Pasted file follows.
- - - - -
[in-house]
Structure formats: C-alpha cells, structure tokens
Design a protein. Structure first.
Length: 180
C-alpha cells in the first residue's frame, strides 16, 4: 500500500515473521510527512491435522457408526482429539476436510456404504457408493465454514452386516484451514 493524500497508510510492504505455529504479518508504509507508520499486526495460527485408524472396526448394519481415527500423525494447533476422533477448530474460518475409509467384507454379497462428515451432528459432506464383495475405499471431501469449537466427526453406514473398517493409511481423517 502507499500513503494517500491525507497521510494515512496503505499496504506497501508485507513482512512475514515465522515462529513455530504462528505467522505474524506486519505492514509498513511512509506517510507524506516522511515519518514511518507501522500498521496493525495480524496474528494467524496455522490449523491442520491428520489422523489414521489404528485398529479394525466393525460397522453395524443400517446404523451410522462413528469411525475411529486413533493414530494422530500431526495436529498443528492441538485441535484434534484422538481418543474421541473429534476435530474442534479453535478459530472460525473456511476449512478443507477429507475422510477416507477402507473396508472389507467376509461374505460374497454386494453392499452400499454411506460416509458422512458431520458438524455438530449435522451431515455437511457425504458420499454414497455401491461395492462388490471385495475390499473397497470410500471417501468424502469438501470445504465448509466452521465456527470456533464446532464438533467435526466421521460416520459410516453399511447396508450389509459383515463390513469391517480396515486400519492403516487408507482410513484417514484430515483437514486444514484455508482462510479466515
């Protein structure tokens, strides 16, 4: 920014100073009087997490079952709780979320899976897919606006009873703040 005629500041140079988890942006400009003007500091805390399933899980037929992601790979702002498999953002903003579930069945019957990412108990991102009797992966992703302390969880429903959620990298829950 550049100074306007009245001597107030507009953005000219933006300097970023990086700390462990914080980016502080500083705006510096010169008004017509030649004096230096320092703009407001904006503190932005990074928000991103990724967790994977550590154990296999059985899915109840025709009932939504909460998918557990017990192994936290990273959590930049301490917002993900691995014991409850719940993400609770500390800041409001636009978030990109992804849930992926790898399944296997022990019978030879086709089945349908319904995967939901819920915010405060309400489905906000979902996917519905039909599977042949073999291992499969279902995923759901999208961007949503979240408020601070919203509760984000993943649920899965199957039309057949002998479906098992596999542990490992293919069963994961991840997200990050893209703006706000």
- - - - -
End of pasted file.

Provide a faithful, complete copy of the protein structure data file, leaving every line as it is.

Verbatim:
[in-house]
Structure formats: C-alpha cells, structure tokens
Design a protein. Structure first.
Length: 180
C-alpha cells in the first residue's frame, strides 16, 4: 500500500515473521510527512491435522457408526482429539476436510456404504457408493465454514452386516484451514 493524500497508510510492504505455529504479518508504509507508520499486526495460527485408524472396526448394519481415527500423525494447533476422533477448530474460518475409509467384507454379497462428515451432528459432506464383495475405499471431501469449537466427526453406514473398517493409511481423517 502507499500513503494517500491525507497521510494515512496503505499496504506497501508485507513482512512475514515465522515462529513455530504462528505467522505474524506486519505492514509498513511512509506517510507524506516522511515519518514511518507501522500498521496493525495480524496474528494467524496455522490449523491442520491428520489422523489414521489404528485398529479394525466393525460397522453395524443400517446404523451410522462413528469411525475411529486413533493414530494422530500431526495436529498443528492441538485441535484434534484422538481418543474421541473429534476435530474442534479453535478459530472460525473456511476449512478443507477429507475422510477416507477402507473396508472389507467376509461374505460374497454386494453392499452400499454411506460416509458422512458431520458438524455438530449435522451431515455437511457425504458420499454414497455401491461395492462388490471385495475390499473397497470410500471417501468424502469438501470445504465448509466452521465456527470456533464446532464438533467435526466421521460416520459410516453399511447396508450389509459383515463390513469391517480396515486400519492403516487408507482410513484417514484430515483437514486444514484455508482462510479466515
């Protein structure tokens, strides 16, 4: 920014100073009087997490079952709780979320899976897919606006009873703040 005629500041140079988890942006400009003007500091805390399933899980037929992601790979702002498999953002903003579930069945019957990412108990991102009797992966992703302390969880429903959620990298829950 550049100074306007009245001597107030507009953005000219933006300097970023990086700390462990914080980016502080500083705006510096010169008004017509030649004096230096320092703009407001904006503190932005990074928000991103990724967790994977550590154990296999059985899915109840025709009932939504909460998918557990017990192994936290990273959590930049301490917002993900691995014991409850719940993400609770500390800041409001636009978030990109992804849930992926790898399944296997022990019978030879086709089945349908319904995967939901819920915010405060309400489905906000979902996917519905039909599977042949073999291992499969279902995923759901999208961007949503979240408020601070919203509760984000993943649920899965199957039309057949002998479906098992596999542990490992293919069963994961991840997200990050893209703006706000």